It might have been one of City Harvest Church’s most challenging years, but 2014 has also been a year of great significance for the church.
“If we cannot believe God when circumstances seem to be against us, we do not believe Him at all,” preached the British pastor Charles Spurgeon.
Indeed, circumstances have seemed to be against City Harvest Church these past four years, and this year in particular has brought the church and its leaders through great challenges. Despite the ongoing trial against the church’s key leaders and its impact on the congregation, CHC has clung on to the God who started the church, believing in His promises and in the hope and future He has for it.
Recently, a cell group leader asked Bobby Chaw, missions director of City Harvest Church, what he saw in the future of the church. “Our future is bright because the God I read about in the Bible is a God of hope,” he tells City News Weekly. “We cannot lose hope because faith is the evidence of things hoped for; when we lose hope, we essentially lose our future.
“Romans 15:13 says, ‘Now may the God of hope fill you with all joy and peace in believing, that you may abound in hope by the power of the Holy Spirit.’ God is a God of hope, our job is to keep believing in Him and His job is to bring us there.”
Throughout 2014 and its low points, the church has maintained a strong spiritual atmosphere of faith and purity at the worship services weekend after weekend. The cell groups, the ministries, the prayer meetings have continued without missing a beat. The good works of the church and its affiliates—helping communities in Singapore and overseas—have not stopped. In these troubled times, the strength of the Church and the goodness of God has been even more evident and more deeply cherished.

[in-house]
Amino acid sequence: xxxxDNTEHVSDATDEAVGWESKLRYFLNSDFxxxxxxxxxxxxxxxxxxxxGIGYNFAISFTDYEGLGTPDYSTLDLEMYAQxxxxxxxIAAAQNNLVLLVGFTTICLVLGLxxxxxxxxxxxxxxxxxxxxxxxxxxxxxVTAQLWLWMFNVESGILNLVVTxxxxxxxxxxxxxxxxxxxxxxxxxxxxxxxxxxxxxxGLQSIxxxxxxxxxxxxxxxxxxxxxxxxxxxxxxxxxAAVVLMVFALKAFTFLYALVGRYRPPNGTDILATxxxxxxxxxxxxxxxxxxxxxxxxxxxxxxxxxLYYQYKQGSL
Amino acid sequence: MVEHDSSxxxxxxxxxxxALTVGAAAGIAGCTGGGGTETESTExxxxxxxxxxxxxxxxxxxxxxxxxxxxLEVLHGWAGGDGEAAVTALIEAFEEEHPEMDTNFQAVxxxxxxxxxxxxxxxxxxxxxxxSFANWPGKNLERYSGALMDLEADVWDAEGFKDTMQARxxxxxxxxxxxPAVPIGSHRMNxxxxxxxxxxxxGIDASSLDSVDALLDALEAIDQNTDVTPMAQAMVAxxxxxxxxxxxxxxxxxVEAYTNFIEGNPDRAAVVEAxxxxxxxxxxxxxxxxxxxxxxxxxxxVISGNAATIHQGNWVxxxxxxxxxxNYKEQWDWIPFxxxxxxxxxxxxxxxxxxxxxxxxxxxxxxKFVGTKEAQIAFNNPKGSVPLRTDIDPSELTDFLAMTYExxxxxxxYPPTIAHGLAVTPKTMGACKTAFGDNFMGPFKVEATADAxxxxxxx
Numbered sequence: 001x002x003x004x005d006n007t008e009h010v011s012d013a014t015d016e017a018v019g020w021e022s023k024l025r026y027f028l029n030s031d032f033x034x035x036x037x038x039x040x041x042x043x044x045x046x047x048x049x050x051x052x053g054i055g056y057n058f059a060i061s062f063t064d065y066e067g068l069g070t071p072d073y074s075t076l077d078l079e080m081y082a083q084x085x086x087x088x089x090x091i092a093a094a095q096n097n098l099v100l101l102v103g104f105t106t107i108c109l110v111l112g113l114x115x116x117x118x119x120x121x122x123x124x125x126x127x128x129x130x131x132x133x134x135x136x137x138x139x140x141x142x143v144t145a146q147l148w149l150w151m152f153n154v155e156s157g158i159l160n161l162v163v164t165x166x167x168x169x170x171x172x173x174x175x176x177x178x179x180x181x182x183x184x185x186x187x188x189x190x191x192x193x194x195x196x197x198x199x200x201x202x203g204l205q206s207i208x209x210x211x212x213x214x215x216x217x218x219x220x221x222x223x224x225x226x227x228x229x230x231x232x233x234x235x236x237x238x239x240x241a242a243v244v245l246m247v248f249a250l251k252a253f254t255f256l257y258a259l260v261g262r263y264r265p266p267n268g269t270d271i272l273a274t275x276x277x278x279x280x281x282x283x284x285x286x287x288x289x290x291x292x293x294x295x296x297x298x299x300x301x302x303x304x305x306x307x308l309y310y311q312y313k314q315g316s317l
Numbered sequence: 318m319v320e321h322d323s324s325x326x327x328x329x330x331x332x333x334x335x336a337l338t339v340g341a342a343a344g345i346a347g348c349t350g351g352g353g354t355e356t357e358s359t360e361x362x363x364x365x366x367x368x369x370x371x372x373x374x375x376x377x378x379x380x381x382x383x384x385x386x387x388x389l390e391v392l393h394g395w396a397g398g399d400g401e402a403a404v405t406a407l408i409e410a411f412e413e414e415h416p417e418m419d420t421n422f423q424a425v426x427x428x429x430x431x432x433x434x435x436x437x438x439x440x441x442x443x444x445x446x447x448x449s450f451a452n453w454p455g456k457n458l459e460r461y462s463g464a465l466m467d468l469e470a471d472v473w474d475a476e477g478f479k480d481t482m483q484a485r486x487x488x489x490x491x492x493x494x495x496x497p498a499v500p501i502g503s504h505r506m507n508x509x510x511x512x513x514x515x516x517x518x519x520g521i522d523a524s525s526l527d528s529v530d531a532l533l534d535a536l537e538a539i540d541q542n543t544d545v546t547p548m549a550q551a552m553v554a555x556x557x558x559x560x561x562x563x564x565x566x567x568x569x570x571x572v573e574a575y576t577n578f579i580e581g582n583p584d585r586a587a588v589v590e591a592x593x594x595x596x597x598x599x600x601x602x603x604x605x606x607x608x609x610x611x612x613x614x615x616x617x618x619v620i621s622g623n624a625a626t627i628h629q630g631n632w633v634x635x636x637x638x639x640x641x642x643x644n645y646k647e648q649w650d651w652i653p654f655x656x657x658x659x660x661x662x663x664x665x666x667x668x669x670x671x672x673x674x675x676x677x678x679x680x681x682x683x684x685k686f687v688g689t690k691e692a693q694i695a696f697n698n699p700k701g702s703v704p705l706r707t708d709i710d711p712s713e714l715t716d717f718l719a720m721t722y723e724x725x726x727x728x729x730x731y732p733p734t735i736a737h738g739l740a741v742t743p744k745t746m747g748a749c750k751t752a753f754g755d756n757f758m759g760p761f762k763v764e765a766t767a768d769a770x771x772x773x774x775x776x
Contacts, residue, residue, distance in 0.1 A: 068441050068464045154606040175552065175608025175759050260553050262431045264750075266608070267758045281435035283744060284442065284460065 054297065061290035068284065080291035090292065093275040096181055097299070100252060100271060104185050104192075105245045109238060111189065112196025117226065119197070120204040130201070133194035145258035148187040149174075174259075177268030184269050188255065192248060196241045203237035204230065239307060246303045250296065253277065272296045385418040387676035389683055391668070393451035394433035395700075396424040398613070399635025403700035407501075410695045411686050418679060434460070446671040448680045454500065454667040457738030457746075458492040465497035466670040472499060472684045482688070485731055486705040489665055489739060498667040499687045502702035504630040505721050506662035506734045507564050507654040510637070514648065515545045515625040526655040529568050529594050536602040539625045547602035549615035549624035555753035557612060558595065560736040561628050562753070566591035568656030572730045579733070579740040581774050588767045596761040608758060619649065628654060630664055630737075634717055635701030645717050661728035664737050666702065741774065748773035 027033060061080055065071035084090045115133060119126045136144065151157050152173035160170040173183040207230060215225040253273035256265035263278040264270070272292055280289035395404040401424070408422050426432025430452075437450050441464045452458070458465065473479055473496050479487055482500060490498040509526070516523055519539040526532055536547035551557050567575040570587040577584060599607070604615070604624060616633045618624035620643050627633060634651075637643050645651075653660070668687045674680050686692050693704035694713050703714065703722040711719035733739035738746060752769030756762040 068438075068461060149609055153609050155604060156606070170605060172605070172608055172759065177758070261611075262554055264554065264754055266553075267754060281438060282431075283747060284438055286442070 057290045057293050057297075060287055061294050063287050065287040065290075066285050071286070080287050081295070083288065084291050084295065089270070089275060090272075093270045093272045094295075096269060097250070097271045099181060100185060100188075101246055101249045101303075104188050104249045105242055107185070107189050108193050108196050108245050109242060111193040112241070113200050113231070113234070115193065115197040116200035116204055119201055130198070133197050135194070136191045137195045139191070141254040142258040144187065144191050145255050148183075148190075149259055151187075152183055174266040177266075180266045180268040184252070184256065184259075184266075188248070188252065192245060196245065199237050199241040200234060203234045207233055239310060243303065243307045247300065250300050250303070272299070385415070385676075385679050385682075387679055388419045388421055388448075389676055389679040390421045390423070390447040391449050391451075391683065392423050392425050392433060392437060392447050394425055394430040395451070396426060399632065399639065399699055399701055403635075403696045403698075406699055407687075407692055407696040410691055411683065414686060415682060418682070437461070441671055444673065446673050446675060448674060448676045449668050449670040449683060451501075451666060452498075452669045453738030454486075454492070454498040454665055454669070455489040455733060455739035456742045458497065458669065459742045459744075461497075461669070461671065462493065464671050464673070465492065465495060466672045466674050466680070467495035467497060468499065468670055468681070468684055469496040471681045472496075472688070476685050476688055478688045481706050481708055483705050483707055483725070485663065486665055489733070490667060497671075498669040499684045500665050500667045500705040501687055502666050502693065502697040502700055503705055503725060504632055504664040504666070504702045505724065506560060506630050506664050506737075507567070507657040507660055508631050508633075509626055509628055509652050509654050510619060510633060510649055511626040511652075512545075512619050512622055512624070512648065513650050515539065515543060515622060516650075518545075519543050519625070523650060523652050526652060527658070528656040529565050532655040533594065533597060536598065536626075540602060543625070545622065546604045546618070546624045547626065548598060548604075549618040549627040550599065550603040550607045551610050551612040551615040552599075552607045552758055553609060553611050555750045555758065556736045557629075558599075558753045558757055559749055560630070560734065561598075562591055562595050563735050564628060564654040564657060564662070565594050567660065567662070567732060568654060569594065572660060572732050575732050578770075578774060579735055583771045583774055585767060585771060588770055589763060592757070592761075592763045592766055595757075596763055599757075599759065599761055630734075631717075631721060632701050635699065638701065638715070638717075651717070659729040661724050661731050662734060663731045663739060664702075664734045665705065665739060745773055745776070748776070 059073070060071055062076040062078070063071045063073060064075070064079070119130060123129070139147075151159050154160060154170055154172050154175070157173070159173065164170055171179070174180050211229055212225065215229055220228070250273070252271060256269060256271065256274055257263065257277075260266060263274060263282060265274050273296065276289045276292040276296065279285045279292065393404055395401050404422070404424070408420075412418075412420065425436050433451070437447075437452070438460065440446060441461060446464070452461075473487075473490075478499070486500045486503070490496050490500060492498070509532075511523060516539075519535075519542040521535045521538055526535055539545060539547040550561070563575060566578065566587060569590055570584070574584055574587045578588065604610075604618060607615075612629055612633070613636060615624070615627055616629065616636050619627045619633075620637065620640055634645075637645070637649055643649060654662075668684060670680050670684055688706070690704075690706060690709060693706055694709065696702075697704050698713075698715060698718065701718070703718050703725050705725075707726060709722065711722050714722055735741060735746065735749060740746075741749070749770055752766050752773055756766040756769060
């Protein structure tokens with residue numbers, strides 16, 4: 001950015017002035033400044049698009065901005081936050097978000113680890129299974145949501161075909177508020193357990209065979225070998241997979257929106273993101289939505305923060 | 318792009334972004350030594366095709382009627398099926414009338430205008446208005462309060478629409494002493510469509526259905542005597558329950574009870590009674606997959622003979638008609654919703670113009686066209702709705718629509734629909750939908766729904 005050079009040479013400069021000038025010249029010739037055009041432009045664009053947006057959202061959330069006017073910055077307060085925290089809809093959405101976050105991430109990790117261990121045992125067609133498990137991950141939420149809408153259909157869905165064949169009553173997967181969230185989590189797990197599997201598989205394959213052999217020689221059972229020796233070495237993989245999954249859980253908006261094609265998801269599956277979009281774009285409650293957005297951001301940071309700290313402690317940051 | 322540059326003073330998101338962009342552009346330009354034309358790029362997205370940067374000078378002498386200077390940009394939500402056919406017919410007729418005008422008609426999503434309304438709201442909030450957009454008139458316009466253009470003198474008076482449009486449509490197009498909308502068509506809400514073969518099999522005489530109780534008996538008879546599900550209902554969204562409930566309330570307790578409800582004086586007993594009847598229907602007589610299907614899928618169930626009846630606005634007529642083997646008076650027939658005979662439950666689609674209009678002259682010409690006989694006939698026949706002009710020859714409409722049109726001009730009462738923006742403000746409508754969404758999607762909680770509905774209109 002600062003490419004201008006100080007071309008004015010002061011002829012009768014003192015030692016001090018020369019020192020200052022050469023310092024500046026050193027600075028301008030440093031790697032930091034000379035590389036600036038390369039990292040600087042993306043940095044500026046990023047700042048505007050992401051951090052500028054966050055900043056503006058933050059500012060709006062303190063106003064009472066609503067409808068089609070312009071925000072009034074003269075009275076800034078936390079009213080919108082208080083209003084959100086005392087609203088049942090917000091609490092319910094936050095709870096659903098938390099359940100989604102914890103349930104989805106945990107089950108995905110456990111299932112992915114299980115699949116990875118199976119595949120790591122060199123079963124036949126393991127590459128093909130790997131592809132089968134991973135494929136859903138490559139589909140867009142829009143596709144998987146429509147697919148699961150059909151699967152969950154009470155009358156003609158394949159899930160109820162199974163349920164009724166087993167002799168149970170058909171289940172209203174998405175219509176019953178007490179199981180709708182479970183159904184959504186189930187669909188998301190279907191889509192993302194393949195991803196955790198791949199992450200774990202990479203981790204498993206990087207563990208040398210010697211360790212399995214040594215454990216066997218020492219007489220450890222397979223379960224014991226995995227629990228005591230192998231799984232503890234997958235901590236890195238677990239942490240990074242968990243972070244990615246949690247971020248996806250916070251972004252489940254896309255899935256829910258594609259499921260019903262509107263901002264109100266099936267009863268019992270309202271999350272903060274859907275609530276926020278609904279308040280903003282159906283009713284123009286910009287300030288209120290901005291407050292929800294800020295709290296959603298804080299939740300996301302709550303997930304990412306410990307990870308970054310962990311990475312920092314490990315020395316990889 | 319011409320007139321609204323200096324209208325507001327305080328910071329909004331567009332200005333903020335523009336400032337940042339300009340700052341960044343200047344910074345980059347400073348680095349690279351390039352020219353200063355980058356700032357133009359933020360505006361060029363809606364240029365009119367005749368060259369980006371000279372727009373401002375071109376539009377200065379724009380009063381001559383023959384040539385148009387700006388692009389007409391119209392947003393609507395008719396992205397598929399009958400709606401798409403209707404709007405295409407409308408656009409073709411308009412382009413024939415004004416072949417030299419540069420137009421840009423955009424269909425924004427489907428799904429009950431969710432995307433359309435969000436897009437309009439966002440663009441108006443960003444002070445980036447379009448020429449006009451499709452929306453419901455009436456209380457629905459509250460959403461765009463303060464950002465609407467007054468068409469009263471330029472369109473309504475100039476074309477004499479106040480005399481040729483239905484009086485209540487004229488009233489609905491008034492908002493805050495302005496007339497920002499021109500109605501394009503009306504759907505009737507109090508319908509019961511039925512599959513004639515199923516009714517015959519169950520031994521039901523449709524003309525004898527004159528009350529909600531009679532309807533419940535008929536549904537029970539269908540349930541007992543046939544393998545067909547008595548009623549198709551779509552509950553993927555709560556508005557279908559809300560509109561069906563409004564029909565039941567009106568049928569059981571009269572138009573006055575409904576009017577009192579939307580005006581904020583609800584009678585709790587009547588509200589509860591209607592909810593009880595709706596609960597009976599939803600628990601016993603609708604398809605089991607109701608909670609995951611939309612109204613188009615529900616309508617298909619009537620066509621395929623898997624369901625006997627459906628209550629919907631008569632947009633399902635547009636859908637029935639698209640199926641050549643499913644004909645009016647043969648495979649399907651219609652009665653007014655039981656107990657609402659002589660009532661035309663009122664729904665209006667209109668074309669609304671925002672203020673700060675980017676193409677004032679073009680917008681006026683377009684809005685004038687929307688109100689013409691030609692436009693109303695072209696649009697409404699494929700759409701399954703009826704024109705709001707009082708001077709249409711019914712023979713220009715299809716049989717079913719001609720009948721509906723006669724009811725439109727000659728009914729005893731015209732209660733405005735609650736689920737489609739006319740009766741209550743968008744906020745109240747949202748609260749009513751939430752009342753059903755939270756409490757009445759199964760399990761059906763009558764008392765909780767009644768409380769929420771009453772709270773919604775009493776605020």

“I’m thankful for the cell group leaders and connect group leaders that serve tirelessly,” says Aries Zulkarnain, CHC’s executive pastor. “I’m thankful because they are still faithfully serving the people, because the Church is all about its people. The zone and cell group leaders have been a great support to us in building the atmosphere in the services and building up the people. They are really a dedicated bunch.”
Sun Ho, co-founder of the church, reflects Zulkarnain’s thoughts: “I am ever thankful for the strength and resilience of our City Harvest leaders and members. Their amazing ability to face the unexpected and overcome every obstacle with faith and Christlikeness continues to inspire me every day in my own walk with God.”
25 YEARS OF CHC, 20 YEARS OF SOT
Chaw was grateful to see the promises of God coming to pass during the School Of Theology Homecoming service this year. SOT celebrated its 20th anniversary with a reunion service for the SOT alumni. Held on Aug 24 and 25, the anniversary event, titled “Homecoming: Gathering Of Hearts” saw more 300 graduates flying in from around the world to attend the meeting. Many foreign graduates returned to their alma mater with exciting testimonies to share. Some have created successful social programs to help the poor in their community, others have built churches and introduced Christ into their cities.